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In some respects, Chinese medicine’s fundamental understanding is no different than Western medicine. For example, both systems agree that colds and flus occur from an external pathogen entering the body. However within a Chinese medicine paradigm, this etiology must be understood within the context of the individual’s constitution.

Fundamentally, there must be some weakness (e.g. immune deficiency) for a pathogen to invade. Anything that weakens one’s resistance (overwork, not sleeping, eating poorly, etc.) can weaken one’s immune system and allow a pathogen to attack and enter, causing disease.

Self-treatment for the Common Cold

Of course for optimal treatment it is best to consult your Chinese medicine practitioner at the first signs of a cold. If this is not possible, and you are a generally healthy individual, getting the initial stages of a common cold, there are a couple things you can do.

Signs and Symptoms include:

Mild headache, aversion to wind, mild chills, scratchy throat, and slight runny nose.


  • Miso soup with lots of spring onions
  • Ginger tea – bring 2 cups of water to a boil, add three slices of fresh ginger, and simmer for 15 minutes. After drinking either one of these, one should bundle up, creating a mild sweat, and rest.
  • Take Chinese herbal pills such as “Yin Qiao Wan” from the clinic.
  • Rest Rest Rest; avoid taking too many showers and baths. Do not go into work and give it to everyone.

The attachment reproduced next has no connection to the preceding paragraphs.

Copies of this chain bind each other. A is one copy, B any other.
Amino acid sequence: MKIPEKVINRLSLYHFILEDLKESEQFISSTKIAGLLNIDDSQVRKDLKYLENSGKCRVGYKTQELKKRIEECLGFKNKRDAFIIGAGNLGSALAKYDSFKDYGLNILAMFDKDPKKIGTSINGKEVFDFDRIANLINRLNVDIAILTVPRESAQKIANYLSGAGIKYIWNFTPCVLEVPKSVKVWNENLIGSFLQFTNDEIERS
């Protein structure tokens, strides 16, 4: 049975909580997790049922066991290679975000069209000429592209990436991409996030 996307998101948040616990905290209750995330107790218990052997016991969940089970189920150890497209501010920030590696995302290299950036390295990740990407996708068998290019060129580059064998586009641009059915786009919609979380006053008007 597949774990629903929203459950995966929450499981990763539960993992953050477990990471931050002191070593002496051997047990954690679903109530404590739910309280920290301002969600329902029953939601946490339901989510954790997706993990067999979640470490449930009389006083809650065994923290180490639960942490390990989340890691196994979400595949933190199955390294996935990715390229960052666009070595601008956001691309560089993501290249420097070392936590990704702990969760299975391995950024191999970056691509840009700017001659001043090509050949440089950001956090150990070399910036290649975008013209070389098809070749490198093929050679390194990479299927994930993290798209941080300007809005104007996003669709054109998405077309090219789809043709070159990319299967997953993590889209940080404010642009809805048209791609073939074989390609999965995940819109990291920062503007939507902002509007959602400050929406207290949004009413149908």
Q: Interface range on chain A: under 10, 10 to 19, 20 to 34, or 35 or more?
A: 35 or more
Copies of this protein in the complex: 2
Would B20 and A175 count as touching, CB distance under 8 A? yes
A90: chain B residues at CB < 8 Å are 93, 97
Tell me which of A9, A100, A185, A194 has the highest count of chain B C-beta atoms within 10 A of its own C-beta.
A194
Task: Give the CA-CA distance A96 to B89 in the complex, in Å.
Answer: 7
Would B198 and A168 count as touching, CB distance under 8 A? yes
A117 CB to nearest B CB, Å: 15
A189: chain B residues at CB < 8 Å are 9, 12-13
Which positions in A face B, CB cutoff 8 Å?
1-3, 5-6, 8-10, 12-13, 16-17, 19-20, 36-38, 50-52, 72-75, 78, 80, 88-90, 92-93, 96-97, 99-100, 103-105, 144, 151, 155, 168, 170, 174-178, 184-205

• Get cooking and make some immune boosting Chicken soup by Theresa Cutter “The health chef”.


  • 10 cloves garlic, smashed (approx 1 whole bulb)
  • 2 tablespoon finely grated ginger
  • 4 teaspoon of turmeric powder
  • 1 litre chicken or vegetable stock
  • 1 litre water 500 g free range / organic chicken breast, cut into chunks
  • 2 bunches coriander, chopped
  • 4 cup mirin or rice wine (optional but delicious)
  • 3 tablespoons tamari soy sauce

Combine the garlic, turmeric, ginger, stock, water and chicken into a large pot.

Simmer for 5 – 10 minutes over a low heat until chicken is cooked through and flavours have infused into the stock.

Add mirin, tamari and coriander just before serving.

Serve in large bowls and sip slowly.


If your symptoms are much different than above, for example, you feel hot, thirsty, have a severe sore throat, severe headache, severe chills, etc. then this approach is inappropriate and you should seek additional treatment strategies.

More to read:

How do acupuncture and Chinese herbal medicine help cold and flu?